A Conversation with Lynne Conner | Local Vocal | Pittsburgh | Pittsburgh City Paper

A Conversation with Lynne Conner 



O'Hara Township native Lynne Conner is a playwright and a scholar of theater history at the University of Pittsburgh. She is currently researching a book for the University of Pittsburgh Press about the history of Pittsburgh's theater scene.

How did you decide to study Pittsburgh's theater history?

At first, I had a typical educated person's attitude about their hometown: "I'm a special person, so I'll go off to a special place and learn about that instead." I had bought the line that no good theater happened in places like Pittsburgh. But I came back to Pittsburgh to get married and study here at Pitt. I loved history, and before I took this job, I ran a theater company at the Heinz History Center for three years. I wrote everything from historic monologues to complete plays.


I would go through the archival material and it was fascinating. It was immediately apparent that so much had gone on here that I had no idea about. There were scores of theaters, just in Downtown alone. The first theater productions date back to Fort Pitt, and the first playhouse was built in 1812, on Third Street.


What's an episode of that history people should know about?

Here's an example. In the Post-Gazette a few years ago, August Wilson talked about how when he started a theater company [in 1968], they didn't know a guy named Walter Worthington had run one 20 years before.


Worthington actually participated in five African-American theater companies, beginning back in the 1920s, but I couldn't find anything about him. Then I come across 12 boxes of Worthington stuff in the History Center archives. It took four days to go through them, but I found scripts that he wrote. They were all crumpled up and hard to read, but they ranged from religious dramas to more political things. One was a play about African Americans in heaven. He belonged to this company called the "Curtaineers," which was a black/white community theater group that came out of the 1930s. They existed for 20 years, and black and white actors worked together in front of black and white audiences. And it's totally been forgotten.


Were you tempted to stage one of the plays you found?

I don't know that it matters so much. Plays are a form of civic discourse, a cultural activity in which a community talks to itself. There are all kinds of playwrights who are unknown because their contributions stay in their city. But my attraction is always to theater artists whose work is about building the community that they're in. The texts don't need to be done over and over again. I'm approaching this from the idea that it's all of interest and all valuable. Well, not all of it. It wouldn't necessarily correspond to my interests as a theatergoer.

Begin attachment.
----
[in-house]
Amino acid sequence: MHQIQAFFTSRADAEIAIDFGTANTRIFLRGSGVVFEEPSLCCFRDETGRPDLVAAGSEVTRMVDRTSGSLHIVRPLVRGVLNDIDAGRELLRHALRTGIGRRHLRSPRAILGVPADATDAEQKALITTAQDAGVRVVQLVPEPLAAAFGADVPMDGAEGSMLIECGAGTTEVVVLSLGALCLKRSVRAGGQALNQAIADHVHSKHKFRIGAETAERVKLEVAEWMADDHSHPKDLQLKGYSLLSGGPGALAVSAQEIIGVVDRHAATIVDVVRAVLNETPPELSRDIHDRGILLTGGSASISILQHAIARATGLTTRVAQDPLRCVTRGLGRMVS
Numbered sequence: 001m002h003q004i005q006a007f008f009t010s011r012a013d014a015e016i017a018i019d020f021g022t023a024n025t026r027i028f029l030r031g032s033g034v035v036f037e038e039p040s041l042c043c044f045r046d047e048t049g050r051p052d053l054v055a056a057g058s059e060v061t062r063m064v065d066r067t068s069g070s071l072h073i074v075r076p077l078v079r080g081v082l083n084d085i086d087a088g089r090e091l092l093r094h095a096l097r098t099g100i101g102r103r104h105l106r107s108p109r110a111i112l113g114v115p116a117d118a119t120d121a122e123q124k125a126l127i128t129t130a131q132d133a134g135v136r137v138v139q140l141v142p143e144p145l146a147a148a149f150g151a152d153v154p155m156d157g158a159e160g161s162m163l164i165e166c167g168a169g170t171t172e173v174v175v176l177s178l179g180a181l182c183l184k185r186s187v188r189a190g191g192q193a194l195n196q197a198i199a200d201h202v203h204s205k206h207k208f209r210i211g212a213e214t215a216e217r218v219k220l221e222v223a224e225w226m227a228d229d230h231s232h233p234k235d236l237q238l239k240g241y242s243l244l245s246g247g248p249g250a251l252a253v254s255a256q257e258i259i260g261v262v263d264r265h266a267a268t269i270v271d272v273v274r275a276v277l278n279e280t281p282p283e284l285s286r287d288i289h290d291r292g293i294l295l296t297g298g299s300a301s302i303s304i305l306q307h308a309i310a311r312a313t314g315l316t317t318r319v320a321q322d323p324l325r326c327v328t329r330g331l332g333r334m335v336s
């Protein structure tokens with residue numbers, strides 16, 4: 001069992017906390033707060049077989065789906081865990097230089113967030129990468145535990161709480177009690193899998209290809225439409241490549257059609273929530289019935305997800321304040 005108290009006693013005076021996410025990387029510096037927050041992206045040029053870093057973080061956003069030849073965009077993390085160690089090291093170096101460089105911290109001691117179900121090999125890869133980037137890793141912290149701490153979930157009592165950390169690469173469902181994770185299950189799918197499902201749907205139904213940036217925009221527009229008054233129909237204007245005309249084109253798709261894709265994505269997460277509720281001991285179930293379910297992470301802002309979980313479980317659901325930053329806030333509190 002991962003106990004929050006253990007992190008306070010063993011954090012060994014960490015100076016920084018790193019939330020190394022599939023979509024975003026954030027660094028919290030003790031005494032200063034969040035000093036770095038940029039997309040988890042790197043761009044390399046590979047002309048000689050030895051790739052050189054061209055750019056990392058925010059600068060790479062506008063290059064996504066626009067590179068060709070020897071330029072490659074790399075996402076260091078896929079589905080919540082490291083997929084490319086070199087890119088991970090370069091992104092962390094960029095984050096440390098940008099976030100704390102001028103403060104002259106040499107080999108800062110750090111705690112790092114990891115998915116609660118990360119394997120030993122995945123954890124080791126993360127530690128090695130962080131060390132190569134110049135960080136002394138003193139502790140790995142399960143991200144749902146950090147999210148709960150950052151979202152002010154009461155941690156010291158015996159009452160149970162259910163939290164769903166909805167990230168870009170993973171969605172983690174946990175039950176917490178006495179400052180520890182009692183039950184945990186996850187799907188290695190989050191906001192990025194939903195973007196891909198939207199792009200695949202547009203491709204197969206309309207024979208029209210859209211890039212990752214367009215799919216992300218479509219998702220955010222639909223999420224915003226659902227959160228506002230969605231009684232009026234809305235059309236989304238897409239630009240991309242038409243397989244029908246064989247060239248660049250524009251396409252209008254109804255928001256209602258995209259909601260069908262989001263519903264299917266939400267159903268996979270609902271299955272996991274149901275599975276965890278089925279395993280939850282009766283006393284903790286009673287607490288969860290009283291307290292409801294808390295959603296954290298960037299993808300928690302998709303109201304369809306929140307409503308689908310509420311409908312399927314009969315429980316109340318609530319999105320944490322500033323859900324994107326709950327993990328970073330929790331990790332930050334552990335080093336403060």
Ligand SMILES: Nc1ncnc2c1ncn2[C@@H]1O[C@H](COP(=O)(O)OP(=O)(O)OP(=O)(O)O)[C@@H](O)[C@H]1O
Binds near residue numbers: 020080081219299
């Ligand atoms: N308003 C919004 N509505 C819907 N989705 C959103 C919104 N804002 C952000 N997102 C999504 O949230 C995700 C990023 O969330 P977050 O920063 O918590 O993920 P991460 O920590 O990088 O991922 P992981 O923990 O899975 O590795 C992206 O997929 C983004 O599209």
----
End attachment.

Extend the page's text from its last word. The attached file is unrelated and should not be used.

How do people respond when they hear about your research?

When I said I'm working on a book about Pittsburgh theater history, my cousin in D.C. said, "Well, at least it will be short." That's the overriding assumption people make, but in fact the problem is there is so much to write about.


About the only thing that gets Pittsburgh written about nationally is the American Conservatory Theater, and then Pittsburgh is used as an object lesson in what happens when you put sophisticated theater in a working-class town. What happened is Bill Ball got CMU and the Pittsburgh Playhouse to join forces, so his experimental theater company was in residency here [in 1965]. It lasted for little more than a year, then it moved to San Francisco. The story that gets told is that they did cutting-edge plays that offended conservative Pittsburgh audiences. But when you talk to members of the company, you find out the management was fiscally reckless and people wanted Ball out.


But it's hard to shake the perception that we're a cultural backwater, isn't it?

The way we've identified our national culture has taken regional sites out of the story. It's all New York for theater, and depending on how hip you are, maybe you'll open the door and let in Chicago or Seattle. But the "national culture" is fictitious. All art is local, just like all politics is local.


We look at Carnegie Mellon University because a TV star went there. But it has spawned generation after generation of local theater companies, and that's at least as important. That story hasn't been told because we're always looking from the outside in. I want to look from the inside out. To me, it all starts and ends here.



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